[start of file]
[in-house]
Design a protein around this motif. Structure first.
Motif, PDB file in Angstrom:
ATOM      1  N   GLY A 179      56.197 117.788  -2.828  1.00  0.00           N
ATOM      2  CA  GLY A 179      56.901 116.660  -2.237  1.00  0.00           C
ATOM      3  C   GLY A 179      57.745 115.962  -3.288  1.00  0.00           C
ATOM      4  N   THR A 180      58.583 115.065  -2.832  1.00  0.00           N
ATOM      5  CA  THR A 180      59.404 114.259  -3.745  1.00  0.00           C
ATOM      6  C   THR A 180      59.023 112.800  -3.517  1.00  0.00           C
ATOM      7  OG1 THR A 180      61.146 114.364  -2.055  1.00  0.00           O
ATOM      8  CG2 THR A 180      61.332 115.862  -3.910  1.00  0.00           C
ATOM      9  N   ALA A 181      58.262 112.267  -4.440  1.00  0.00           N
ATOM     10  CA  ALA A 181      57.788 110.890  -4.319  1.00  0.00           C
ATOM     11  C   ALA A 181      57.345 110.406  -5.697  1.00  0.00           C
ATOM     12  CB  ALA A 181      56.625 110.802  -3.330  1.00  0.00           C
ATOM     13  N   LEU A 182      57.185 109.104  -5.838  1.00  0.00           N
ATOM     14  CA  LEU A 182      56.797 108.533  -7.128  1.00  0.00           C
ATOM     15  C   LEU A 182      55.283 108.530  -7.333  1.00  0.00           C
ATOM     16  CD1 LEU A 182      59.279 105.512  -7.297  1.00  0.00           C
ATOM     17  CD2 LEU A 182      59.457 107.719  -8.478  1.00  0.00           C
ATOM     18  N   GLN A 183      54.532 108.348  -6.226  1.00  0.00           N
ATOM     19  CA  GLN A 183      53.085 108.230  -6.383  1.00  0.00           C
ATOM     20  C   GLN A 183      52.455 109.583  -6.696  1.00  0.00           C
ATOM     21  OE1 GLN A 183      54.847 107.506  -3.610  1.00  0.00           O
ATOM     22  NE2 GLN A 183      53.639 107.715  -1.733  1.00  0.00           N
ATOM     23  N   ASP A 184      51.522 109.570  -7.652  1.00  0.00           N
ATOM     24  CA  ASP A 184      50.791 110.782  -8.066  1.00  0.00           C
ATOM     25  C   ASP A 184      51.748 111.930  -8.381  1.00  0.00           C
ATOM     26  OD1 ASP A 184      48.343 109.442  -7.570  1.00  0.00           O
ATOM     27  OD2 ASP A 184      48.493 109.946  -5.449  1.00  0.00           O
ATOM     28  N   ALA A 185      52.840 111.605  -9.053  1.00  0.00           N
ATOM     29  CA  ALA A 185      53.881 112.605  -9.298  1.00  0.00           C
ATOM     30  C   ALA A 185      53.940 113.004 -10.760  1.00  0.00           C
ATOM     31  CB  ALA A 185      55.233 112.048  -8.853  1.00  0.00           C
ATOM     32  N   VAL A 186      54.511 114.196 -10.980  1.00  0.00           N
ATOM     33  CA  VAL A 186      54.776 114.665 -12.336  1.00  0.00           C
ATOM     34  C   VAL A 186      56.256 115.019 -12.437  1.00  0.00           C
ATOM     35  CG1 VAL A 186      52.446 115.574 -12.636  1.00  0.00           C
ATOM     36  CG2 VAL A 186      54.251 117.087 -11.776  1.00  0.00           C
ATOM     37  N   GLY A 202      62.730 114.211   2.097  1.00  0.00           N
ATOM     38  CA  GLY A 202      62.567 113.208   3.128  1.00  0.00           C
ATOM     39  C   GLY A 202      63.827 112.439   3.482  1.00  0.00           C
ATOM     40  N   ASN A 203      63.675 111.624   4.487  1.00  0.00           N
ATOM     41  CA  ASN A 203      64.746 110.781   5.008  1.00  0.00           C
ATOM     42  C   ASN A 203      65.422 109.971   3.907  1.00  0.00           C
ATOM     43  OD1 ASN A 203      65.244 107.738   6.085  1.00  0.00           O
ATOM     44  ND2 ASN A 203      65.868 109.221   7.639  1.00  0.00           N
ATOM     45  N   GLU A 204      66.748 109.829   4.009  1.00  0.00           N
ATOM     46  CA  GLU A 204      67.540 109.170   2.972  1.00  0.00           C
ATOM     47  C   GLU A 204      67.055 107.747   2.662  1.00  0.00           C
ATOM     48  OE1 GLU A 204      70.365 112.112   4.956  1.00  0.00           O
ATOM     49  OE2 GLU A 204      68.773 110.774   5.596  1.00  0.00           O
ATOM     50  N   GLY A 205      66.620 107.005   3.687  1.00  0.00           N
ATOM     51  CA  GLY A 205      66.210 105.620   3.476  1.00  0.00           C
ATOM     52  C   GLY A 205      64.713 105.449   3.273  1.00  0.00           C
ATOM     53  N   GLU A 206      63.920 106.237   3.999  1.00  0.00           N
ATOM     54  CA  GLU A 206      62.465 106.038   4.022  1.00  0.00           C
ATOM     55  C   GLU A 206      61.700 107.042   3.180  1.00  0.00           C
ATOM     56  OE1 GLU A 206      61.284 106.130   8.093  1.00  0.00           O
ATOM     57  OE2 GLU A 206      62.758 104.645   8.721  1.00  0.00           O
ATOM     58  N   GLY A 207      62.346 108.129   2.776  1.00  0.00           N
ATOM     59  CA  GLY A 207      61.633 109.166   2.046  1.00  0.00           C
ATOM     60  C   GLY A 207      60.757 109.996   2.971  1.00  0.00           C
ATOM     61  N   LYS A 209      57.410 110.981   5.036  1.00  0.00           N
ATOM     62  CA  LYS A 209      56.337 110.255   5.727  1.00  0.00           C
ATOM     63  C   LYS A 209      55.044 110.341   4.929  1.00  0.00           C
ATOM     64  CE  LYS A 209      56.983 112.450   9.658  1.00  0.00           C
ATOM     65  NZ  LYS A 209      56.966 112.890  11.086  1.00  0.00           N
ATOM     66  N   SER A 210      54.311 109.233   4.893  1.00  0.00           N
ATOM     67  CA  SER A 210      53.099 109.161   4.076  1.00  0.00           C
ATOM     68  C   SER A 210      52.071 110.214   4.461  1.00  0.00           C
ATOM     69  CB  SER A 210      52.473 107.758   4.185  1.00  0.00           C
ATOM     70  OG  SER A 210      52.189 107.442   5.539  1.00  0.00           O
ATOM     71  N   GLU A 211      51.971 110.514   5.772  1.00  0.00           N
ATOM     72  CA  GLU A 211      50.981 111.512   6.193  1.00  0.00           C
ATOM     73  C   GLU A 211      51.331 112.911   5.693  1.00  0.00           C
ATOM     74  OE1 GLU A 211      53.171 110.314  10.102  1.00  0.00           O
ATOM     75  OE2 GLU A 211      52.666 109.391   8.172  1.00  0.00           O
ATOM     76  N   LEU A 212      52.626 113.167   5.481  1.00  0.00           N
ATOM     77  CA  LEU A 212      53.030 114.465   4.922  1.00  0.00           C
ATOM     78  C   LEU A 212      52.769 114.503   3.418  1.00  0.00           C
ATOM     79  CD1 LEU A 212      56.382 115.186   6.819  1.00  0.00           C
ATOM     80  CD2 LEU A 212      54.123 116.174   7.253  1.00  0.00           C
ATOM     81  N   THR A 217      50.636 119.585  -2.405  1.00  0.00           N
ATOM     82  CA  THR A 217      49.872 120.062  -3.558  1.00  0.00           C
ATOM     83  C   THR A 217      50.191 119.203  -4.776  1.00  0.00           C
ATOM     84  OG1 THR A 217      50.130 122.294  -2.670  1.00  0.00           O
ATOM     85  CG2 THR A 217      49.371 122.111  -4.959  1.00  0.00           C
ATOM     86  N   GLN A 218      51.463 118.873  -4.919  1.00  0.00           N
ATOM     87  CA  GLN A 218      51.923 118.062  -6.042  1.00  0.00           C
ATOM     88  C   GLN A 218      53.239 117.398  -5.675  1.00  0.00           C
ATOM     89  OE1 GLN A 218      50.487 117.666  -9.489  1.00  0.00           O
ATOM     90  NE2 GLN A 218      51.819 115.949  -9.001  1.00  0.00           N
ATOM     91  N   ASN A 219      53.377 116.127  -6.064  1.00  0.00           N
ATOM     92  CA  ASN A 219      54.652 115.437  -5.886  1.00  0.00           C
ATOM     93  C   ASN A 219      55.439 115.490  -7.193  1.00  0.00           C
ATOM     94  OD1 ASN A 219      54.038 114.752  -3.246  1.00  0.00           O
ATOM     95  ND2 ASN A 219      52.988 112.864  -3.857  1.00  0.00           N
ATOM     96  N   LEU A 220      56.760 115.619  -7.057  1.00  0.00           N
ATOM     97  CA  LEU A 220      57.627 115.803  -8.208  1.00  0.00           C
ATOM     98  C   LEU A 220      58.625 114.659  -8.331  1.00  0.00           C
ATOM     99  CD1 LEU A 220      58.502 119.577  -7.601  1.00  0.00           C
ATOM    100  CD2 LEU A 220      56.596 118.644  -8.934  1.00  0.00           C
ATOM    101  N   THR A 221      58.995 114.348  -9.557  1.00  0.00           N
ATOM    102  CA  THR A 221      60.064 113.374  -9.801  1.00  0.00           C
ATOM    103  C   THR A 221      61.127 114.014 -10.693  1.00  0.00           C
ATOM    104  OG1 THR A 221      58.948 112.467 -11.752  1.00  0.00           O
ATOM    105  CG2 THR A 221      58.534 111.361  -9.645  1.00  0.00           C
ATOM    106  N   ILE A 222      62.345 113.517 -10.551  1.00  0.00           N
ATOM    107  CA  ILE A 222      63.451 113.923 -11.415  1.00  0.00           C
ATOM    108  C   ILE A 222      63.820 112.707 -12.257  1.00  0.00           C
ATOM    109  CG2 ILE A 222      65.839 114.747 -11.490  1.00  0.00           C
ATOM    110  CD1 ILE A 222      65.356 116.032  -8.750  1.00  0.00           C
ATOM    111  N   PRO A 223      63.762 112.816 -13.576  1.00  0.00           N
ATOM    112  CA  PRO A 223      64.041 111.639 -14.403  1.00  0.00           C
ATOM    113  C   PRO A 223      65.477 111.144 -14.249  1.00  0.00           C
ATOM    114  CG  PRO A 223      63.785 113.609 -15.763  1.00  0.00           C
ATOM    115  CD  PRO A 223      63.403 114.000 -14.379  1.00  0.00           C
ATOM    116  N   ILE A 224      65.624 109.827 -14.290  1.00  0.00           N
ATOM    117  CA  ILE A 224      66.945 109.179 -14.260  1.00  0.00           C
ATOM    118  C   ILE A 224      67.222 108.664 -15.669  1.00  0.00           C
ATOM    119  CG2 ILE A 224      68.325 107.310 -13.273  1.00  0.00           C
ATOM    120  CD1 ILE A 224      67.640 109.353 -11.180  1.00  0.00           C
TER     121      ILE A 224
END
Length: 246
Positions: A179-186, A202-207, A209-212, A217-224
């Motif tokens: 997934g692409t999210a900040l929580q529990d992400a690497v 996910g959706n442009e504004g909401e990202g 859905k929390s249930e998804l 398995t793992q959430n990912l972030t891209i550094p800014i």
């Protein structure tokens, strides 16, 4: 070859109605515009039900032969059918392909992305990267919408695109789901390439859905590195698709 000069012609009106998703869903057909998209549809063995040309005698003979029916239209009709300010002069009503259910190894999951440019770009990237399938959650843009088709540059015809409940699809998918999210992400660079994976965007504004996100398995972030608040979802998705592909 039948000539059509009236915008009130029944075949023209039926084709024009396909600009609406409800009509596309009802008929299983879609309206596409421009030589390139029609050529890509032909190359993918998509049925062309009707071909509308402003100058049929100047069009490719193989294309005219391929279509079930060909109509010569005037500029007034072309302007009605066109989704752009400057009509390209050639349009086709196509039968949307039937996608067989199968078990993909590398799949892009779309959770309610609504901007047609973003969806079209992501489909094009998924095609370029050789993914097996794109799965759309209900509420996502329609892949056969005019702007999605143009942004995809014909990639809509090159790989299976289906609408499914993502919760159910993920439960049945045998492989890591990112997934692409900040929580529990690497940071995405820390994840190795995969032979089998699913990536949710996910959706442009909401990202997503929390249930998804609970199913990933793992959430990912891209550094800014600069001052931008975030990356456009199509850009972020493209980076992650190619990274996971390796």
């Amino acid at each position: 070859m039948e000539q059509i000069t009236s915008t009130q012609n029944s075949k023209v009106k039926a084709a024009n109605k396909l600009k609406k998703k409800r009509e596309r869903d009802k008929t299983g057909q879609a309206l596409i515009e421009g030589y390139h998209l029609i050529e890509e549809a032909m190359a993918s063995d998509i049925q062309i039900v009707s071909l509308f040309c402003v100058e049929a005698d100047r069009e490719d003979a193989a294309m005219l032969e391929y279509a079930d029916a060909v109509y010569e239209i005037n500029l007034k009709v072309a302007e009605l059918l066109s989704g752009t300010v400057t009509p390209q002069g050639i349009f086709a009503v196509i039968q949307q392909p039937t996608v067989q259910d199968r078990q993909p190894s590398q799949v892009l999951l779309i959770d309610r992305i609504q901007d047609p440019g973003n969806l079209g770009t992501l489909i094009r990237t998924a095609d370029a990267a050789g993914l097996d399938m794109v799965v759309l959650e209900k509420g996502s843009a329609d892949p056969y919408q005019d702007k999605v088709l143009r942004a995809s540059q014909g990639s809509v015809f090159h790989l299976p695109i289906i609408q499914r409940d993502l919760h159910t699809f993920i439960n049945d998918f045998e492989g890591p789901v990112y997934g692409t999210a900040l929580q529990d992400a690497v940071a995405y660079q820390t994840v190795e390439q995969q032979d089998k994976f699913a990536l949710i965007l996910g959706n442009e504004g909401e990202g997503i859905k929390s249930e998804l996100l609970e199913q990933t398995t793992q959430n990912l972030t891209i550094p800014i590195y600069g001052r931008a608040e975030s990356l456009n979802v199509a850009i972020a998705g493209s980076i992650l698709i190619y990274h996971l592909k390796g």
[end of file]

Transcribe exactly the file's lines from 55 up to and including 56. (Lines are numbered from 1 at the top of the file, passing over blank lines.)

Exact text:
ATOM     52  C   GLY A 205      64.713 105.449   3.273  1.00  0.00           C
ATOM     53  N   GLU A 206      63.920 106.237   3.999  1.00  0.00           N